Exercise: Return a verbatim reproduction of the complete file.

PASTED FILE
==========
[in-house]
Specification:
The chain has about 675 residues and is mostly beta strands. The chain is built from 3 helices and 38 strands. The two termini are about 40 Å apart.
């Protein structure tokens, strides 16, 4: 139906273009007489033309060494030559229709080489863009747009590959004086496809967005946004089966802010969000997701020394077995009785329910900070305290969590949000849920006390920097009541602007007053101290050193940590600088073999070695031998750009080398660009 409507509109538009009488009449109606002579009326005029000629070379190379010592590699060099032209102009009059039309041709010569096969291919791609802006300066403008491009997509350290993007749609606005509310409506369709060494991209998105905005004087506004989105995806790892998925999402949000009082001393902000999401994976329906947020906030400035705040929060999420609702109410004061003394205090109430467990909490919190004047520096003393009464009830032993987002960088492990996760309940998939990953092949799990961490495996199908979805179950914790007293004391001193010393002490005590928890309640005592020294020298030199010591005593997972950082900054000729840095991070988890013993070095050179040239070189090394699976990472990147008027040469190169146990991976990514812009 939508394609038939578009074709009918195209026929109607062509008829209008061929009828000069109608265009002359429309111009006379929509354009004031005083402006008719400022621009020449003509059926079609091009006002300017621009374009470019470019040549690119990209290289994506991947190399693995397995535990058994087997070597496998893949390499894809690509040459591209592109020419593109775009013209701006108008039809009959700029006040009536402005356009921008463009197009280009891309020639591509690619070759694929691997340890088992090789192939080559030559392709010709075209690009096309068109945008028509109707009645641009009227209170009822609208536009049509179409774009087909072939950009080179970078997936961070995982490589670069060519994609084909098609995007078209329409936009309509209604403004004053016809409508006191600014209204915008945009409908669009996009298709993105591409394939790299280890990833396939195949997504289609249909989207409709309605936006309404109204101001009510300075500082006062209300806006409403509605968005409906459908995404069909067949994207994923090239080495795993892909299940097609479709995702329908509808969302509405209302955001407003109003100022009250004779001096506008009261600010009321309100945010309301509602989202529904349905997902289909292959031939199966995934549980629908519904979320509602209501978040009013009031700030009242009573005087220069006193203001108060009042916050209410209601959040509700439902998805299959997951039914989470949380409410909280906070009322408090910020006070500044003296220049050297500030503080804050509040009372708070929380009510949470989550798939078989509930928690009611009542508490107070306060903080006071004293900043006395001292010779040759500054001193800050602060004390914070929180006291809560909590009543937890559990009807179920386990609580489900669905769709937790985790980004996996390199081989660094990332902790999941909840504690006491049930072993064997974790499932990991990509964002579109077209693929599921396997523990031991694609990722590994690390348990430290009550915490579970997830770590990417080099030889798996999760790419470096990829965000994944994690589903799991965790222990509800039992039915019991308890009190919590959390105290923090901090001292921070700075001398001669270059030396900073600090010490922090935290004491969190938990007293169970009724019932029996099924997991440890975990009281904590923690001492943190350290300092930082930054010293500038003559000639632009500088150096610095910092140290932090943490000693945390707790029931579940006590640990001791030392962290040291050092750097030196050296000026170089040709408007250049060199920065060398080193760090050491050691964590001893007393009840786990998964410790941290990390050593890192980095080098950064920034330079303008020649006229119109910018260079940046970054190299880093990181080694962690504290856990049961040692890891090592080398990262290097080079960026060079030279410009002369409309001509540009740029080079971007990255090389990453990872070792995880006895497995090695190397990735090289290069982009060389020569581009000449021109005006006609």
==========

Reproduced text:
[in-house]
Specification:
The chain has about 675 residues and is mostly beta strands. The chain is built from 3 helices and 38 strands. The two termini are about 40 Å apart.
């Protein structure tokens, strides 16, 4: 139906273009007489033309060494030559229709080489863009747009590959004086496809967005946004089966802010969000997701020394077995009785329910900070305290969590949000849920006390920097009541602007007053101290050193940590600088073999070695031998750009080398660009 409507509109538009009488009449109606002579009326005029000629070379190379010592590699060099032209102009009059039309041709010569096969291919791609802006300066403008491009997509350290993007749609606005509310409506369709060494991209998105905005004087506004989105995806790892998925999402949000009082001393902000999401994976329906947020906030400035705040929060999420609702109410004061003394205090109430467990909490919190004047520096003393009464009830032993987002960088492990996760309940998939990953092949799990961490495996199908979805179950914790007293004391001193010393002490005590928890309640005592020294020298030199010591005593997972950082900054000729840095991070988890013993070095050179040239070189090394699976990472990147008027040469190169146990991976990514812009 939508394609038939578009074709009918195209026929109607062509008829209008061929009828000069109608265009002359429309111009006379929509354009004031005083402006008719400022621009020449003509059926079609091009006002300017621009374009470019470019040549690119990209290289994506991947190399693995397995535990058994087997070597496998893949390499894809690509040459591209592109020419593109775009013209701006108008039809009959700029006040009536402005356009921008463009197009280009891309020639591509690619070759694929691997340890088992090789192939080559030559392709010709075209690009096309068109945008028509109707009645641009009227209170009822609208536009049509179409774009087909072939950009080179970078997936961070995982490589670069060519994609084909098609995007078209329409936009309509209604403004004053016809409508006191600014209204915008945009409908669009996009298709993105591409394939790299280890990833396939195949997504289609249909989207409709309605936006309404109204101001009510300075500082006062209300806006409403509605968005409906459908995404069909067949994207994923090239080495795993892909299940097609479709995702329908509808969302509405209302955001407003109003100022009250004779001096506008009261600010009321309100945010309301509602989202529904349905997902289909292959031939199966995934549980629908519904979320509602209501978040009013009031700030009242009573005087220069006193203001108060009042916050209410209601959040509700439902998805299959997951039914989470949380409410909280906070009322408090910020006070500044003296220049050297500030503080804050509040009372708070929380009510949470989550798939078989509930928690009611009542508490107070306060903080006071004293900043006395001292010779040759500054001193800050602060004390914070929180006291809560909590009543937890559990009807179920386990609580489900669905769709937790985790980004996996390199081989660094990332902790999941909840504690006491049930072993064997974790499932990991990509964002579109077209693929599921396997523990031991694609990722590994690390348990430290009550915490579970997830770590990417080099030889798996999760790419470096990829965000994944994690589903799991965790222990509800039992039915019991308890009190919590959390105290923090901090001292921070700075001398001669270059030396900073600090010490922090935290004491969190938990007293169970009724019932029996099924997991440890975990009281904590923690001492943190350290300092930082930054010293500038003559000639632009500088150096610095910092140290932090943490000693945390707790029931579940006590640990001791030392962290040291050092750097030196050296000026170089040709408007250049060199920065060398080193760090050491050691964590001893007393009840786990998964410790941290990390050593890192980095080098950064920034330079303008020649006229119109910018260079940046970054190299880093990181080694962690504290856990049961040692890891090592080398990262290097080079960026060079030279410009002369409309001509540009740029080079971007990255090389990453990872070792995880006895497995090695190397990735090289290069982009060389020569581009000449021109005006006609």